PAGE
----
Fig. 1

Sculpture made of white Carrara marble with black discolorations caused by fungi and lichens; Boboli Park, Florence, Italy (Photo: Sterflinger)

Fig. 2

a Green algal and cyanobacterial stains on mortar surfaces in the castle of Rappottenstein (Austria). b Rosy stains characteristic for halophilic and halotolerant archaea and bacteria. (Photos: Ettenauer)

The role of chemoheterotrophic bacteria in the weathering of rock probably depends largely on the environmental conditions: while bacteria might evolve in humid environments and form biofilms within the porous space of building stone, in arid and semi arid environments their occurrence might be limited. However, chemoheterotrophs are not only contributing to the weathering of rock. This group of microorganisms has been shown to have some impact on the consolidation of rock and plaster because they enhance calcium carbonate precipitation by passive and active processes. Strains of Bacillus cereus and Myxococcus xanthus have been used to actively bio-induce calcite precipitation to reinforce monumental stone (Castanier et al. 1999; Ettenauer et al. 2011; Fernandes 2006; Jimenez-Lopez et al. 2007; Piñar et al. 2010; Rodriguez-Navarro et al. 2003; Tiano et al. 1999).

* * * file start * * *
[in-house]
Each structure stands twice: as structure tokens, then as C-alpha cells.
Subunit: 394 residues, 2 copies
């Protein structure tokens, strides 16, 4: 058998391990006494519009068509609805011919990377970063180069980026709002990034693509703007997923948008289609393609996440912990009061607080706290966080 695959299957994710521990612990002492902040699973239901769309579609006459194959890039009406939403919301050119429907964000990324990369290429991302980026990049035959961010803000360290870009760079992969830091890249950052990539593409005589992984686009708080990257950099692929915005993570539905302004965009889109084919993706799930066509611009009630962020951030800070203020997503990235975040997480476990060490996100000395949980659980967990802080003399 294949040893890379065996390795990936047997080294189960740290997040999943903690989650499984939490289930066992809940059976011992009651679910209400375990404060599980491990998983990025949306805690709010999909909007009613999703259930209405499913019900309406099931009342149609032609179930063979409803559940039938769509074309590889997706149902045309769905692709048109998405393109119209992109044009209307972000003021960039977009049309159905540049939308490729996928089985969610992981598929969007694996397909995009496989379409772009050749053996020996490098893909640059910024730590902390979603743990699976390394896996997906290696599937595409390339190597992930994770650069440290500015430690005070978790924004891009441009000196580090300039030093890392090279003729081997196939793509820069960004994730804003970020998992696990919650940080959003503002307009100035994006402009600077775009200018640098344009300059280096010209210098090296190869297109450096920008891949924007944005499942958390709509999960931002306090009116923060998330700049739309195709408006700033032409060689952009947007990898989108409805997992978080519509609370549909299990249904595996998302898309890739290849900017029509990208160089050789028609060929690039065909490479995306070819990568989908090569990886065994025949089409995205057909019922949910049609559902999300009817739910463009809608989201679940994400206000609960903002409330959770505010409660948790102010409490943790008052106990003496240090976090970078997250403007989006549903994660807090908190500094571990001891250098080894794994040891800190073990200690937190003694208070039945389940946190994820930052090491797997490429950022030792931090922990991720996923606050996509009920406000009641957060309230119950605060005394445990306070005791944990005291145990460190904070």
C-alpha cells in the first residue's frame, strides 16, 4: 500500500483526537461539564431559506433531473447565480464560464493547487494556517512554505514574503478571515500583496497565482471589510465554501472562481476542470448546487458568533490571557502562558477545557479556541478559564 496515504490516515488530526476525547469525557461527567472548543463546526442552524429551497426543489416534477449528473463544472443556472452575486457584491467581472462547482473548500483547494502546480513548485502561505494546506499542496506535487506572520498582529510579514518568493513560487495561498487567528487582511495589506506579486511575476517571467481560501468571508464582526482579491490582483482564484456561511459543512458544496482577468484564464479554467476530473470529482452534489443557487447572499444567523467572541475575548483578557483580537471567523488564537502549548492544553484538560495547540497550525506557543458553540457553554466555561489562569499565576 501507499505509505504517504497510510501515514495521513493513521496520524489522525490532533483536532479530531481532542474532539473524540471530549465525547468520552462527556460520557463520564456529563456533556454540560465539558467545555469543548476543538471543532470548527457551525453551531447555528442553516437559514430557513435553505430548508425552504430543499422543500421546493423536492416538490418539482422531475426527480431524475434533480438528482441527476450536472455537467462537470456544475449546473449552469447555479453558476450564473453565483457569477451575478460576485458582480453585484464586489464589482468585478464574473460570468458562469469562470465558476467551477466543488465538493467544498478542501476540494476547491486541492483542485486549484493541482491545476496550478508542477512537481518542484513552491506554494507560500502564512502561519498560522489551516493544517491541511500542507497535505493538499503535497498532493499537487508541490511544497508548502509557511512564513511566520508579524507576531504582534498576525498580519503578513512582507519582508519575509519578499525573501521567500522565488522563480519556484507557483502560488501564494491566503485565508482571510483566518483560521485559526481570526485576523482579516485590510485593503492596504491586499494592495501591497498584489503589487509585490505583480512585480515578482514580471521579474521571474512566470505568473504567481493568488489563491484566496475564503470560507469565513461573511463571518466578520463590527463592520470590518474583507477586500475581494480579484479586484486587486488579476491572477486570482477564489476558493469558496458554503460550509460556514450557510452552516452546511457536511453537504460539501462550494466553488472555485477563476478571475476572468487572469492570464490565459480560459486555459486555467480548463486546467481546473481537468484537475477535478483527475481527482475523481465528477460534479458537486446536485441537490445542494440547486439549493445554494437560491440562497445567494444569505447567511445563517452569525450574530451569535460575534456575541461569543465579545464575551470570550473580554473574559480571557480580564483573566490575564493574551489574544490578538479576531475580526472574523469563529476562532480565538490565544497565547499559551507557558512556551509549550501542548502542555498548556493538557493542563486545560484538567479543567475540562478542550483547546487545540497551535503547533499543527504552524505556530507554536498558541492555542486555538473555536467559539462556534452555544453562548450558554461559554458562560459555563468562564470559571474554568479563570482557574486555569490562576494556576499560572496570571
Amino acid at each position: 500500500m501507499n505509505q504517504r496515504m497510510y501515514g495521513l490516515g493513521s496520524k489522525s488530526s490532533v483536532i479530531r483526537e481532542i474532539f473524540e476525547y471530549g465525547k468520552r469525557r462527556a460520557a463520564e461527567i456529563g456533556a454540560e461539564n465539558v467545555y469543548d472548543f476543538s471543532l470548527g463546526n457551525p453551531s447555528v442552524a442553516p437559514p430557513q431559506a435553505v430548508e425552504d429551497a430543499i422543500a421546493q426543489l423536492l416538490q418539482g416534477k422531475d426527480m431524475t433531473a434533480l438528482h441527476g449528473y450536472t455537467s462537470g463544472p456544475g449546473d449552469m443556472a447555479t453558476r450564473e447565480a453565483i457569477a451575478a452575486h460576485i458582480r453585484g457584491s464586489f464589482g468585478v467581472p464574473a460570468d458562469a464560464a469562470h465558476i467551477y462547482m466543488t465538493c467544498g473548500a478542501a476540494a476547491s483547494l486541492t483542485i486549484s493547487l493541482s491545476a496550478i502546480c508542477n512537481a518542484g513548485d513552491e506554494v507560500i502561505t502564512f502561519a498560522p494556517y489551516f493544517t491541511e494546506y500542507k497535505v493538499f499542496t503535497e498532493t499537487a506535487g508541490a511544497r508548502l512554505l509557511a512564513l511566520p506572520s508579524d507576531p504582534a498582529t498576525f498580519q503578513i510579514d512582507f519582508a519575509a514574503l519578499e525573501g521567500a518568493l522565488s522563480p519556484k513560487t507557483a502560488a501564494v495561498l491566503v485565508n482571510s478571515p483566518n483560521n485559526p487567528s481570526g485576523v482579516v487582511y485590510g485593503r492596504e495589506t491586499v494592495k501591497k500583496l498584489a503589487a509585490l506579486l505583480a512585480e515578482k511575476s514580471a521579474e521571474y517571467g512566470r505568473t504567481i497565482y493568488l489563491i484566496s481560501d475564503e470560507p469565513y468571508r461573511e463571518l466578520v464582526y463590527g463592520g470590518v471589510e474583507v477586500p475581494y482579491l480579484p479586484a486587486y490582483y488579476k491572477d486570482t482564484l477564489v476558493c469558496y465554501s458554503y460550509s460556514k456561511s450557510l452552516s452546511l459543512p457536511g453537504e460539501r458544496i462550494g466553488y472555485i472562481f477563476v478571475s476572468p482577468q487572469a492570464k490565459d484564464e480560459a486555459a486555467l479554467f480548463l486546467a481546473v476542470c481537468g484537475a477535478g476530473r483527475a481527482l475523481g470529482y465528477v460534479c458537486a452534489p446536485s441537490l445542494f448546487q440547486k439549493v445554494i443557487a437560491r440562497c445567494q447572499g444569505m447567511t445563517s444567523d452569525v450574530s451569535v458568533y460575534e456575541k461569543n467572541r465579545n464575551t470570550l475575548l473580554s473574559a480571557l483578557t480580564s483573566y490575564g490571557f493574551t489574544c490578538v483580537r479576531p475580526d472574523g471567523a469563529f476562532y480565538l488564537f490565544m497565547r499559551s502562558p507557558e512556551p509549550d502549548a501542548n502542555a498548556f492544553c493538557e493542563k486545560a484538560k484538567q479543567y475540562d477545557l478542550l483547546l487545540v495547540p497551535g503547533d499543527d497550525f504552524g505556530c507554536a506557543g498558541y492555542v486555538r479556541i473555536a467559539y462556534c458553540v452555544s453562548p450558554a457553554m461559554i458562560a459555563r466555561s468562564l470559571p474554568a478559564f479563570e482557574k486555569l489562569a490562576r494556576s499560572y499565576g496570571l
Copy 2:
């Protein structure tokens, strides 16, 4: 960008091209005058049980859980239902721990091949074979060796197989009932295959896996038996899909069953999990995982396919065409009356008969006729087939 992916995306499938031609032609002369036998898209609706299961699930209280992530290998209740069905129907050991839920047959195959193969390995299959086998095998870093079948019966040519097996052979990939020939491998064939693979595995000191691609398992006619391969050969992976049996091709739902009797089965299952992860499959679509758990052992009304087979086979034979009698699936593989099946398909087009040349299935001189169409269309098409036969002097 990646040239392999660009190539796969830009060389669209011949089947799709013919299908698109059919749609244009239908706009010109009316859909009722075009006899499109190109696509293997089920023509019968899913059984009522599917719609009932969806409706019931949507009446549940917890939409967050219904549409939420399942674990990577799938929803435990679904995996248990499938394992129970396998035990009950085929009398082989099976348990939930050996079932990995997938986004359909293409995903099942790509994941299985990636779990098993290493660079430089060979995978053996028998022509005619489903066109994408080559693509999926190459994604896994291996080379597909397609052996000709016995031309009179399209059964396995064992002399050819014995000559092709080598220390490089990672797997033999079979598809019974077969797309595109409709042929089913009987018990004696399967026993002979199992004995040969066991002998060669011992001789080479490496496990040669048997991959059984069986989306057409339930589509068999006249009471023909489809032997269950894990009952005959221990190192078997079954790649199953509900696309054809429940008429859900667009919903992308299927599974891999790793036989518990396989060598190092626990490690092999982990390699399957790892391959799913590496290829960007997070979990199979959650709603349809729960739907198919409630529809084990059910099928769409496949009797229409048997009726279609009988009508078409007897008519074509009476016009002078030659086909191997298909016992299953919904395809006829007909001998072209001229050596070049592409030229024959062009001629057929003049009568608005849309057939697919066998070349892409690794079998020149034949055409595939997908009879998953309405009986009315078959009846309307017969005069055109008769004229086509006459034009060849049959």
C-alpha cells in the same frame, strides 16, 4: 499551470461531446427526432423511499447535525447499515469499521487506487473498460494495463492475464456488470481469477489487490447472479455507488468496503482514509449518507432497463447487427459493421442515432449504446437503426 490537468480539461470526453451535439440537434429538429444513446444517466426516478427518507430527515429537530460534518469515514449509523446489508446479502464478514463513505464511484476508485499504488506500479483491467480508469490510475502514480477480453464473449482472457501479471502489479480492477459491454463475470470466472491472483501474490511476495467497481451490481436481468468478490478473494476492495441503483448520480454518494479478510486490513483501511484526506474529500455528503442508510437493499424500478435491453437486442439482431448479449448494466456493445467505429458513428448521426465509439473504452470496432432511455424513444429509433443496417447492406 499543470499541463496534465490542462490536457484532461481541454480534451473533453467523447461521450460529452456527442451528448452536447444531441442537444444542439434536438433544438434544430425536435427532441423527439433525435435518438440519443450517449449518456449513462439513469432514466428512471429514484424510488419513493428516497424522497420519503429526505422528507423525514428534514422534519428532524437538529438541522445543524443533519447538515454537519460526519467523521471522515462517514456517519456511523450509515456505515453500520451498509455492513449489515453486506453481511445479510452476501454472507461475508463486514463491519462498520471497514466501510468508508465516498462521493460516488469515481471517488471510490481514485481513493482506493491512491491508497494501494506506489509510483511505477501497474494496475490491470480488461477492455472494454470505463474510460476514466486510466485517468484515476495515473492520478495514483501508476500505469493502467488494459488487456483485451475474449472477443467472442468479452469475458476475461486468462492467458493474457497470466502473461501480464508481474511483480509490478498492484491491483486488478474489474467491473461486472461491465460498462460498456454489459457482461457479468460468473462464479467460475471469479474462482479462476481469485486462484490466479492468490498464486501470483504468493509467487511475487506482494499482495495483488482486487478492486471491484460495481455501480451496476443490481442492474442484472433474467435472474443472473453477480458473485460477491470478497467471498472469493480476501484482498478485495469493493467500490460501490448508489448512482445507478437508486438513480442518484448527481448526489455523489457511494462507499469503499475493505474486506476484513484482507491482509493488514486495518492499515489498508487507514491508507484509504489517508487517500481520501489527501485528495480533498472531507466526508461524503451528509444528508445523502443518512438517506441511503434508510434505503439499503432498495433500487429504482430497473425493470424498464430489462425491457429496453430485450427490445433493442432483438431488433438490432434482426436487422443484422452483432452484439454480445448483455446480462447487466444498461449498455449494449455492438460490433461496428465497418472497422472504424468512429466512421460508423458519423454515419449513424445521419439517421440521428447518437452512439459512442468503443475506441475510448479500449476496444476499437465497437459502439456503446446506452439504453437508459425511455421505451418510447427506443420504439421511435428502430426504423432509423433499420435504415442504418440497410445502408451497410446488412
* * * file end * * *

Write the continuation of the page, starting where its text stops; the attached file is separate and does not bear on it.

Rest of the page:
Members of the Actinobacteria phylum inhabit stone more effectively than most of the single-celled bacteria. This fact can be attributed to their filamentous growth and also to their effective utilization of various nitrogen and carbon sources (Saarela et al. 2004). Heterotrophic bacteria include a variety of genera such as Alcaligenes, Arthrobacter, Bacillus, Paenibacillus, Flavobacterium, Pseudomonas, Micrococcus, Staphylococcus, Nocardia, Mycobacterium, Streptomyces and Sarcina, which are the species most frequently isolated from wall paintings (Bassi et al. 1986; Ciferri 1999; Heyrman et al. 1999; Palla et al. 2002; Pangallo et al. 2012; Suihko et al. 2007) but also in caves and catacombs (De Leo et al. 2012). In some cases, especially when organic layers — e.g., saccharose, starch or cellulose — have been applied for the fixation of a wall painting, common indoor fungi like Cladosporium or Alternaria may also inhabit wall paintings and plaster (Fig. 3a, b).